The Subsidy to Infrastructure as an Asset Class

74 Pages Posted: 24 Sep 2018 Last revised: 2 Mar 2020

See all articles by Aleksandar Andonov

Aleksandar Andonov

University of Amsterdam

Roman Kräussl

Luxembourg School of Finance; Hoover Institution, Stanford University

Joshua D. Rauh

Stanford Graduate School of Business; Hoover Institution; National Bureau of Economic Research (NBER)

Multiple version iconThere are 2 versions of this paper

Date Written: February 2020


Institutional investors expect infrastructure assets to deliver long-term stable returns, but they gain exposure to infrastructure predominantly through closed, finite-horizon private funds. The cash flows delivered by infrastructure funds display similar volatility and cyclicality to those of other private equity funds. Their performance depends primarily on deal exits. Public investors, such as public pension funds and sovereign wealth funds, perform worse than private investors, despite being exposed to underlying deals with similar characteristics. By selecting underperforming funds and increasing their commitments, public investors have created an implicit subsidy of over $2 billion per year to infrastructure as an asset class.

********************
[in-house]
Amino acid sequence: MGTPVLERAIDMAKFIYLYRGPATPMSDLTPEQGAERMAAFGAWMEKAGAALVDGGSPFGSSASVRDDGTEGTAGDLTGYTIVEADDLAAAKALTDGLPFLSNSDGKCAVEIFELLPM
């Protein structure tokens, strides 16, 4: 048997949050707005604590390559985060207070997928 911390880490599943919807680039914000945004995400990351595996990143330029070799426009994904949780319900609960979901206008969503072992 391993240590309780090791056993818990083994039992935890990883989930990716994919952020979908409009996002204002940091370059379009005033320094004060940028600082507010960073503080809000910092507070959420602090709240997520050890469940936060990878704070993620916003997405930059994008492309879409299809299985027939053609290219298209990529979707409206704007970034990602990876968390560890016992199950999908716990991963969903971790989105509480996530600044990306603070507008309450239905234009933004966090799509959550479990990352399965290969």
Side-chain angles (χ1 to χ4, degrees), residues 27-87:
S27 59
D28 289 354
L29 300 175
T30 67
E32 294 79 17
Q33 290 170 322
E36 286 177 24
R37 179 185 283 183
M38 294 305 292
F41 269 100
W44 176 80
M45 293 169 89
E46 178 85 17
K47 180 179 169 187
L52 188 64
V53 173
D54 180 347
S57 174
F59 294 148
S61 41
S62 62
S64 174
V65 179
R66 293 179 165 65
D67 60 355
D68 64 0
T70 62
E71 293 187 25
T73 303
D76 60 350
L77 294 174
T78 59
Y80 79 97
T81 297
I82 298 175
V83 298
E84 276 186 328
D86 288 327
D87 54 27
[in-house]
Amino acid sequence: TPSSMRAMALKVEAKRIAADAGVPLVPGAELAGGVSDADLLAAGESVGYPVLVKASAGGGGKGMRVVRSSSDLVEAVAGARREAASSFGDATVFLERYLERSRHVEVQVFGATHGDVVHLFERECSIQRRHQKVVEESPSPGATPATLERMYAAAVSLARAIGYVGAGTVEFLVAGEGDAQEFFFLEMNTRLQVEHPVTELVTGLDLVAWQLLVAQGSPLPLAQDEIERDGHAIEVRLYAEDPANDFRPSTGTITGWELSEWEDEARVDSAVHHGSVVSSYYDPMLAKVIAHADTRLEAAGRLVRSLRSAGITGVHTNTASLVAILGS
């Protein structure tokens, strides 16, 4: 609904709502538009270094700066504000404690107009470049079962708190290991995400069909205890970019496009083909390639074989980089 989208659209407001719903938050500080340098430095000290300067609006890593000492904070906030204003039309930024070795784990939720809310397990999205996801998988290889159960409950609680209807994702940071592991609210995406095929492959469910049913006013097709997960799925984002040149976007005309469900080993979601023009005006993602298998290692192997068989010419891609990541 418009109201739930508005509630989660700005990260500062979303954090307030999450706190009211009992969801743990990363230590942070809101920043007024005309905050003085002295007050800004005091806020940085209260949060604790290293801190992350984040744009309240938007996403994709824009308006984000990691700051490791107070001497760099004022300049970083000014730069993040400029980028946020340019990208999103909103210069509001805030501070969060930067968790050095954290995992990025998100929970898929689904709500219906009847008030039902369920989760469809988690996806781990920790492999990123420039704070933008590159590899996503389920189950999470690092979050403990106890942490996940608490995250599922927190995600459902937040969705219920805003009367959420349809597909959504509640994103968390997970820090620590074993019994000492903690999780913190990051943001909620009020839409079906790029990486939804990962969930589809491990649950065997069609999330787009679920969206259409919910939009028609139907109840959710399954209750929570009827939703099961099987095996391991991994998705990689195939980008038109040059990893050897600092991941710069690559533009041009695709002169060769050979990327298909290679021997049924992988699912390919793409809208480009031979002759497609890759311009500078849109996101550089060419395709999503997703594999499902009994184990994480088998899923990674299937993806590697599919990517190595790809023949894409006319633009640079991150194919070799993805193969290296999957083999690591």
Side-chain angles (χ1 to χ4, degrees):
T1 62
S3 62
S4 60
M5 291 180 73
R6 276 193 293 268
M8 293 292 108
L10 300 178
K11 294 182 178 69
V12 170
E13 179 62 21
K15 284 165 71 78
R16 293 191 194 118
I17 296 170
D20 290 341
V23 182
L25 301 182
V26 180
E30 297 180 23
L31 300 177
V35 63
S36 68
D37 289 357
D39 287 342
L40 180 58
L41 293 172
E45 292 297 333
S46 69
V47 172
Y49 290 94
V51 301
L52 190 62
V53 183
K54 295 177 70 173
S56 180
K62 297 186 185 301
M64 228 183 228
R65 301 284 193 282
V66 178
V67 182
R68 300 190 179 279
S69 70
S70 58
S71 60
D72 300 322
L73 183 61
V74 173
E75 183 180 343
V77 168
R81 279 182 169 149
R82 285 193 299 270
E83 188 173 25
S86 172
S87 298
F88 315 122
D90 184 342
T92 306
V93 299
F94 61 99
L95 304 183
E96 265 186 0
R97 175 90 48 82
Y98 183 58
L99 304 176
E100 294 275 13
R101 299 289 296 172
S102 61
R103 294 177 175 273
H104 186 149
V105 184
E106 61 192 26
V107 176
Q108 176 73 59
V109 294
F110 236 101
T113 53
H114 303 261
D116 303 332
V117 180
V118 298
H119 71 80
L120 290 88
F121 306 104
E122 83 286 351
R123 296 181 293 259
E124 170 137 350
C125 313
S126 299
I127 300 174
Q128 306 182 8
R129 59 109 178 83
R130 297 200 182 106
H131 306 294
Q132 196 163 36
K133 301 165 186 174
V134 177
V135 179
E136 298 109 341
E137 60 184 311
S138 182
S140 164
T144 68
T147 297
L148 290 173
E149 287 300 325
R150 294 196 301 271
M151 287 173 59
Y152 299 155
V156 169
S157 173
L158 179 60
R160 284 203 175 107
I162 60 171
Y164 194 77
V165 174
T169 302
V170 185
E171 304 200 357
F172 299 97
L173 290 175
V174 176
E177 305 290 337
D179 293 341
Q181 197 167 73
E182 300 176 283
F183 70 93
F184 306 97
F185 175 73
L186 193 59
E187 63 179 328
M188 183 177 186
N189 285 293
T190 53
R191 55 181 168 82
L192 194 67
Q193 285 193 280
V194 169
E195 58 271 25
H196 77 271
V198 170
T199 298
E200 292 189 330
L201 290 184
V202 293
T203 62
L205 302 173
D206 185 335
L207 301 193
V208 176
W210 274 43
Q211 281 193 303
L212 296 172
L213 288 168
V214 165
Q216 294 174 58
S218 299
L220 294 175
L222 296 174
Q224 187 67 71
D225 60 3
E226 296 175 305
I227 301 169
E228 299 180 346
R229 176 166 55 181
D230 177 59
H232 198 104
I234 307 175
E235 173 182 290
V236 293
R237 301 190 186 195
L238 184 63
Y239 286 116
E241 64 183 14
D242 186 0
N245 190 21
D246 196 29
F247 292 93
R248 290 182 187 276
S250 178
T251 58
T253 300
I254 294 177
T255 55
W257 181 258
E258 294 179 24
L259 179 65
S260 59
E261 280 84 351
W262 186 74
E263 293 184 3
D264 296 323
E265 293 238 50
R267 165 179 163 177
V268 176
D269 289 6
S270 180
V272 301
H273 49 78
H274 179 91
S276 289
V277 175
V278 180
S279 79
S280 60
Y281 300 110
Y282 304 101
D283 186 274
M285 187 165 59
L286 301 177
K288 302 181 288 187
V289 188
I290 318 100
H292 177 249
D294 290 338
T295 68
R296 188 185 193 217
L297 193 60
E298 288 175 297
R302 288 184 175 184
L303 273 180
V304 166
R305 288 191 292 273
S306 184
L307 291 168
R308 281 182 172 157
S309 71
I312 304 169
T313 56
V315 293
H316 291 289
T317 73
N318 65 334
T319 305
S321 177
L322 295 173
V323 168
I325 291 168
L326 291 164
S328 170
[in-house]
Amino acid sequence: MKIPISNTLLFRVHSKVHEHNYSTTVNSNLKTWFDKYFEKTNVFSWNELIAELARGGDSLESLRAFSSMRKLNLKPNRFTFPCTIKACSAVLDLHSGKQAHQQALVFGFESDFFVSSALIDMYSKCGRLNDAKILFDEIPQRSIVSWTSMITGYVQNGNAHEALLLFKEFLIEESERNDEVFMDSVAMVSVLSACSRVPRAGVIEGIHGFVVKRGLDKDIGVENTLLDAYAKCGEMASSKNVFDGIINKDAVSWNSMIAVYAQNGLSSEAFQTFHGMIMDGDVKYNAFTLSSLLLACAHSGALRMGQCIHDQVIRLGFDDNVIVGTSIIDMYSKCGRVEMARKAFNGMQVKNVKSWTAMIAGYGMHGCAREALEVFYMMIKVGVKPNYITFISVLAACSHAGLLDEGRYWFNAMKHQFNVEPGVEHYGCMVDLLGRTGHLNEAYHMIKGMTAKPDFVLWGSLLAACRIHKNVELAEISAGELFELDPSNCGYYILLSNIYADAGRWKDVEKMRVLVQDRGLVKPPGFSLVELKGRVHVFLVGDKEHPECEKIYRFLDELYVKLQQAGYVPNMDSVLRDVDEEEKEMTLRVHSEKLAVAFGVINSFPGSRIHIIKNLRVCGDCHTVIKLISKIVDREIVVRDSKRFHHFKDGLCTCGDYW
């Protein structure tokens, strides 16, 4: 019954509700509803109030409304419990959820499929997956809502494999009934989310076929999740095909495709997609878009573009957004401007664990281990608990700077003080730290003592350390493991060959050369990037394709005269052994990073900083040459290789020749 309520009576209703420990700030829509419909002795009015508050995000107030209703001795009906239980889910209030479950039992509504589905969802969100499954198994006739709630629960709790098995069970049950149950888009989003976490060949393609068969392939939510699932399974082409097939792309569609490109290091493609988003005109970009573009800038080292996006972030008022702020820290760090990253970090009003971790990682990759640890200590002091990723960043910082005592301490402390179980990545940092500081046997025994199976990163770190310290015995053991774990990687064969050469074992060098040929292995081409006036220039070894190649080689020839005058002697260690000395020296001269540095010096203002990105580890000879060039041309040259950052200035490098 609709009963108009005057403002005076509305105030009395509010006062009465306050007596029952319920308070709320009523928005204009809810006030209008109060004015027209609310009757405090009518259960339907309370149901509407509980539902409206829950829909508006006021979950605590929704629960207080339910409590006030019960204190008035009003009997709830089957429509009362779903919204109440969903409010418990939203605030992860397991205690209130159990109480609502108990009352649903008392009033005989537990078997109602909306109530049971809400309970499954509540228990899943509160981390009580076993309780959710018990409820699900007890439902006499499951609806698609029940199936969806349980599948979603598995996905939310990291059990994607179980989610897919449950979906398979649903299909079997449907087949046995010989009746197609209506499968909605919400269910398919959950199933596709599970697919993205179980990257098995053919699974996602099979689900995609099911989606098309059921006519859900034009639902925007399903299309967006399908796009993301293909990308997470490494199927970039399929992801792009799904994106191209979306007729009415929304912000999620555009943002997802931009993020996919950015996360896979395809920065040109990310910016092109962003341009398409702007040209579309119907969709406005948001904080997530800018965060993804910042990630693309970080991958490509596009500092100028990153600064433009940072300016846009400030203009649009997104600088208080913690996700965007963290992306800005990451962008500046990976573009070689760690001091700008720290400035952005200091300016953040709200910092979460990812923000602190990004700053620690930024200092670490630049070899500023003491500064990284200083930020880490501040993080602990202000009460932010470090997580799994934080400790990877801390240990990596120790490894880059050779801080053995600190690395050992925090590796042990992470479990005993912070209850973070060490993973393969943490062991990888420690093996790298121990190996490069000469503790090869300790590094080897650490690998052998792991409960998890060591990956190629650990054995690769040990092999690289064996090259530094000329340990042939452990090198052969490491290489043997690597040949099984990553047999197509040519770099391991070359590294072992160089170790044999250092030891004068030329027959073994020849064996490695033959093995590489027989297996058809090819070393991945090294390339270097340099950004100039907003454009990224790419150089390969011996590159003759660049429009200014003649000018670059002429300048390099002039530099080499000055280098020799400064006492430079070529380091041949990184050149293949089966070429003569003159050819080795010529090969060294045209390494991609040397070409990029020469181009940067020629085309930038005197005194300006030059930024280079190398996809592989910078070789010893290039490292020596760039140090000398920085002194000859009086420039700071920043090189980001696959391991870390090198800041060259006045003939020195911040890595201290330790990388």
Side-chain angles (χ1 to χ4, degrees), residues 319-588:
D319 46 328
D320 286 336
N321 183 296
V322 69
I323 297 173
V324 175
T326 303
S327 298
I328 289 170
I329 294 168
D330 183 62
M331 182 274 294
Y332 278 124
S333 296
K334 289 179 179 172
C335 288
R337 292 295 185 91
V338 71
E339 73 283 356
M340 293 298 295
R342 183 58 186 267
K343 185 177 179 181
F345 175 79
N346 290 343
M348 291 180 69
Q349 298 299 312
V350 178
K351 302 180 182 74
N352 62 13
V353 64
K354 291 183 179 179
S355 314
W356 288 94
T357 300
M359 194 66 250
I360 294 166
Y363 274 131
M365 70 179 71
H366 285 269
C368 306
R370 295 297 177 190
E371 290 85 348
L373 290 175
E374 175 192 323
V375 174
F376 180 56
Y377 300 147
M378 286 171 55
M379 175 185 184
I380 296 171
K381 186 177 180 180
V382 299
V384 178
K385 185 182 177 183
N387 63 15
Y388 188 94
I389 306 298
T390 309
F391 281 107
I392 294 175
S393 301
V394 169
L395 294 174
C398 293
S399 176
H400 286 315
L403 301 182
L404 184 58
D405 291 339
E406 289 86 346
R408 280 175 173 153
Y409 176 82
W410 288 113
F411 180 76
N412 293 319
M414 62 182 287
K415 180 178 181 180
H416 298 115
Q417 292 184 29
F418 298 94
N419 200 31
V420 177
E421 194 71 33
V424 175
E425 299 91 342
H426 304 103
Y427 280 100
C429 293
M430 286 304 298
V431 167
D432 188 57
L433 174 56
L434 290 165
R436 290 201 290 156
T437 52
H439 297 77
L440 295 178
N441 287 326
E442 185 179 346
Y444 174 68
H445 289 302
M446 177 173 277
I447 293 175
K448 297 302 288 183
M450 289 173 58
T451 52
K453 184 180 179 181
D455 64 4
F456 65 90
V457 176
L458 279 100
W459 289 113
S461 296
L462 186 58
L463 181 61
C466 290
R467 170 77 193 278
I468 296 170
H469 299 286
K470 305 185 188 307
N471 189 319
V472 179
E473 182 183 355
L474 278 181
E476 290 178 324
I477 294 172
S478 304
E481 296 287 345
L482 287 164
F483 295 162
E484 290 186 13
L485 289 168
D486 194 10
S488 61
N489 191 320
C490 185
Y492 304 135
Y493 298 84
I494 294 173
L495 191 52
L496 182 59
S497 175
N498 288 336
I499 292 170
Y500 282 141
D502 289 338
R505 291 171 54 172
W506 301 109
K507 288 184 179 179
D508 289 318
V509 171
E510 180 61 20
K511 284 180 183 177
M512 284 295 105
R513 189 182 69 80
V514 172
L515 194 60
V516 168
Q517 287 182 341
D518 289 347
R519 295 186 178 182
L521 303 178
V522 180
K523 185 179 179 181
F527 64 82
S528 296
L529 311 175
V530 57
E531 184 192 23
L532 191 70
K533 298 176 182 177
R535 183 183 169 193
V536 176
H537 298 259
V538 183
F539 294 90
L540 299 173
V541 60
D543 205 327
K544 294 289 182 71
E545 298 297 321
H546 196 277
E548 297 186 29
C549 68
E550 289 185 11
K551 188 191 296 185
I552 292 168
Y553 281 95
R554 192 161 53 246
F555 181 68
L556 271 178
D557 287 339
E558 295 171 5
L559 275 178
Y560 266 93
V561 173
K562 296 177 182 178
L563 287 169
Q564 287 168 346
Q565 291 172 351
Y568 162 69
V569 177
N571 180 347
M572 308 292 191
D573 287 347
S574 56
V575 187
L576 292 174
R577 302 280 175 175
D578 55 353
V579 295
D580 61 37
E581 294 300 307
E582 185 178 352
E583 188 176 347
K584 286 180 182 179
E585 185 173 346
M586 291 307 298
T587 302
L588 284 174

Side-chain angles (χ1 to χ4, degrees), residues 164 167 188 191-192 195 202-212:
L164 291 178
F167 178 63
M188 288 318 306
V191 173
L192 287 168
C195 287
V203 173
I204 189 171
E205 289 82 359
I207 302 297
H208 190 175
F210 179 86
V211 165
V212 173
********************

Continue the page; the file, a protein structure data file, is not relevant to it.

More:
Keywords: Infrastructure, Public Pension Funds, Institutional Investors

JEL Classification: G11, G23, G28, H54, H75

Suggested Citation

Andonov, Aleksandar and Kraeussl, Roman and Rauh, Joshua D., The Subsidy to Infrastructure as an Asset Class (February 2020). Stanford University Graduate School of Business Research Paper No. 18-42, Available at SSRN: or

Aleksandar Andonov

University of Amsterdam ( email )

Plantage Muidergracht 12
Amsterdam, 1018 TV


Roman Kraeussl

Luxembourg School of Finance ( email )

4, rue Albert Borschette
Luxembourg, 1246
+3524666445442 (Phone)


Hoover Institution, Stanford University ( email )

Stanford, CA 94305
United States

Joshua D. Rauh (Contact Author)

Stanford Graduate School of Business ( email )

655 Knight Way
Stanford, CA 94305-5015
United States

Hoover Institution ( email )

Stanford, CA 94305-6010
United States

National Bureau of Economic Research (NBER)

1050 Massachusetts Avenue
Cambridge, MA 02138
United States

Here is the Coronavirus
related research on SSRN

Paper statistics

Abstract Views
PlumX Metrics